December 14 2012
By Brian Wacker, PGATOUR.COM
Jordan Spieth is foregoing his final two years at the University of Texas to turn pro, he announced on Friday.
The 19-year-old was a first team All-American, helping the Longhorns to a national championship this year, and was named the Big 12 Conference Player of the Year. A year after receiving Freshman of the Year honors, he was one of three finalists for the 2012 Ben Hogan Award, presented annually to the nation's top amateur golfer.
Spieth is one of only two players — Tiger Woods is the other — to have won multiple U.S. Junior Amateur titles, which he did in 2009 and 2011. He also reached No. 1 in the World Amateur Golf Rankings earlier this year before ending the season at No. 8.
"The decision to turn pro was a difficult one, but I'm looking forward to the challenge of competing at the highest level and accomplishing the many goals I've set for myself on and off the course," Spieth said in a statement. "I owe everything I've achieved thus far to the support of my family, friends, teammates, and the University of Texas. While I'm proud of what my teammates and I have accomplished, I couldn't be more excited to fulfill my lifelong dream of becoming a professional golfer. "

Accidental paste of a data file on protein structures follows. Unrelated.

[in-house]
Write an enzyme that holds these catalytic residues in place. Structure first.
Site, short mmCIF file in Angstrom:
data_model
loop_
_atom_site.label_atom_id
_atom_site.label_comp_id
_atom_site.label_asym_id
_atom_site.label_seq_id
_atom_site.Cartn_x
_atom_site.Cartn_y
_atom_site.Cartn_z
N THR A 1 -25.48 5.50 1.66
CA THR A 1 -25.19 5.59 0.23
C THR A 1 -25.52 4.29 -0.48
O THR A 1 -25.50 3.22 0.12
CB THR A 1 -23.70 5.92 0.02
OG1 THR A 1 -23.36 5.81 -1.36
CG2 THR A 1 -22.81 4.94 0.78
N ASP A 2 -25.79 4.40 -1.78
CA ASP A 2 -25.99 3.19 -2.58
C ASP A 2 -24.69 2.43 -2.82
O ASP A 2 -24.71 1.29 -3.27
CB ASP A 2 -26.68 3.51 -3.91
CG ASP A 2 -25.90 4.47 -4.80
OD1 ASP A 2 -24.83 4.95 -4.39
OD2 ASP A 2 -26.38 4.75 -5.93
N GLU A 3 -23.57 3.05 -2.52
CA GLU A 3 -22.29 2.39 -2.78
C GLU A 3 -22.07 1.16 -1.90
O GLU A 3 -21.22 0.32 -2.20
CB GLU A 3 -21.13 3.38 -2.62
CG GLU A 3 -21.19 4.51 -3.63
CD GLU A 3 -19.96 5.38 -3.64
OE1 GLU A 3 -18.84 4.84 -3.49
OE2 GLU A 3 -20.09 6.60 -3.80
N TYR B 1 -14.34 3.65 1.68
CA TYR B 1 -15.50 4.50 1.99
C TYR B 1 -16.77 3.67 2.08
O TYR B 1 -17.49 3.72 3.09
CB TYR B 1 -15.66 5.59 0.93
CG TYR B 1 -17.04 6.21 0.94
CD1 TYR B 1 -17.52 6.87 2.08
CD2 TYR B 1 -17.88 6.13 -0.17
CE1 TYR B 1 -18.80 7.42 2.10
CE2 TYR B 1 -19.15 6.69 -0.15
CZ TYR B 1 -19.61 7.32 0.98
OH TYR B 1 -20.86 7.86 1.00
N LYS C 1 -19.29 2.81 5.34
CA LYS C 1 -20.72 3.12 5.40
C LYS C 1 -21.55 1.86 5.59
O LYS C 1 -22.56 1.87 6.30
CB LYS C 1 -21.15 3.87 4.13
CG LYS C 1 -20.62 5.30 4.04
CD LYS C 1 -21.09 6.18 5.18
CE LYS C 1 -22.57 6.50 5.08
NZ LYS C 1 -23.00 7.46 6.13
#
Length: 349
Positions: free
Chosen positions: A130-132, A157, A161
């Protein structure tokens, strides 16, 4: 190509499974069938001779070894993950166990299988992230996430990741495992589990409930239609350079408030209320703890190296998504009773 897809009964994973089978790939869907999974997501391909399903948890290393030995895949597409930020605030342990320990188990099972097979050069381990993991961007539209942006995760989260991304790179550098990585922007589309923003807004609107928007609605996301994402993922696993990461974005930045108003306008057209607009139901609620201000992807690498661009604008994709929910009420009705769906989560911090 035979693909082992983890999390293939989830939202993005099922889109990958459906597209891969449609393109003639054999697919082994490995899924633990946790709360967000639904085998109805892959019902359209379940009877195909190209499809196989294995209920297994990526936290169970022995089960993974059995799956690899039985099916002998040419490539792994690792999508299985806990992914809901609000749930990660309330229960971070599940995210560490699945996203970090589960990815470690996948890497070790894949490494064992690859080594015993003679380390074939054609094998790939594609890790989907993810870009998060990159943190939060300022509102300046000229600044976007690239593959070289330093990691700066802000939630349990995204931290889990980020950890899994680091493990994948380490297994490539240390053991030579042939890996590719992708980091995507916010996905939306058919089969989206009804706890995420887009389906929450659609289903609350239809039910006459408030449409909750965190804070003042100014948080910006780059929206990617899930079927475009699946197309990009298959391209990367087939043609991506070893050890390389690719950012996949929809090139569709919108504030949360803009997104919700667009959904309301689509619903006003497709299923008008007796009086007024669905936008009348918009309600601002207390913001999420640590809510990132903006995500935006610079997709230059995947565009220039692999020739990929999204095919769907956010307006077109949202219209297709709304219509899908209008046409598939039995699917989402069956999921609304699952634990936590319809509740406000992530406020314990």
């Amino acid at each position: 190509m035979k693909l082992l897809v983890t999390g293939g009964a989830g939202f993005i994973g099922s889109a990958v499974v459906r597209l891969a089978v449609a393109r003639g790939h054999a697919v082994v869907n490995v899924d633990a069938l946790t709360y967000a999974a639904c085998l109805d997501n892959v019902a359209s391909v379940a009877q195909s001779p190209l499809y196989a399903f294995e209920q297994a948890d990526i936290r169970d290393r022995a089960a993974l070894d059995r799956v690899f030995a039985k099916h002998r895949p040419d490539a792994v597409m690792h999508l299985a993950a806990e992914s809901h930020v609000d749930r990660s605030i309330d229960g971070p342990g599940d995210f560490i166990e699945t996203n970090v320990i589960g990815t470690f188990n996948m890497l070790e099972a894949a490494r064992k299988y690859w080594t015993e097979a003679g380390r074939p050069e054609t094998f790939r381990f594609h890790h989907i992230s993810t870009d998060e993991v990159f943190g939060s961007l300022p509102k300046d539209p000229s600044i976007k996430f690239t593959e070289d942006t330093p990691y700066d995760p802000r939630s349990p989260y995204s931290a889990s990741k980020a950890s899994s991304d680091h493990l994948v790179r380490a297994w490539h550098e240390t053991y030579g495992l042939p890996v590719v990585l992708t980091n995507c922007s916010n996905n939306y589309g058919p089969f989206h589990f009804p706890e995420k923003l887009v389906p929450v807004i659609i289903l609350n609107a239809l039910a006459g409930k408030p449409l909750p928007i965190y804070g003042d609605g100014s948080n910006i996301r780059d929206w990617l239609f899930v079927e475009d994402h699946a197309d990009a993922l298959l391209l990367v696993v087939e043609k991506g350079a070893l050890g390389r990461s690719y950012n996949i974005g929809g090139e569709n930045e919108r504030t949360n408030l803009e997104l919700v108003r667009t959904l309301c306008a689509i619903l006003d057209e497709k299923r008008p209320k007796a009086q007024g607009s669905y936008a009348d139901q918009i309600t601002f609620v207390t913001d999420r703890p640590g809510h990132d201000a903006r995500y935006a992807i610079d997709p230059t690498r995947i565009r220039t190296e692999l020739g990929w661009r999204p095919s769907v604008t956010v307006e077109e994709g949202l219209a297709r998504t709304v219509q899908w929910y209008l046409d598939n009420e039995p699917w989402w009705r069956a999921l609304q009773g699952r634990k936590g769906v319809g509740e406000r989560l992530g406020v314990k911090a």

In eight starts on the PGA TOUR as an amateur, Spieth made the cut five times, finishing in the top 25 twice. His best result was a tie for 16th at the 2010 HP Byron Nelson Championship, where he became the sixth-youngest player to make the cut in a TOUR event and was tied for seventh heading into the final round.
He was also the low amateur at this year’s U.S. Open at The Olympic Club, where he tied for 21st.
Spieth made one start on the Web.com Tour, tying for 44th at the Nationwide Children's Hospital Invitational earlier this year.
As an amateur, he was a standout member of the 2011 U.S. Walker Cup team. Though the U.S. lost to Great Britain & Ireland, Spieth did his part, winning a pair of singles matches and halving a foursomes match.
As a freshman at Texas, he won three events and led the team in scoring average.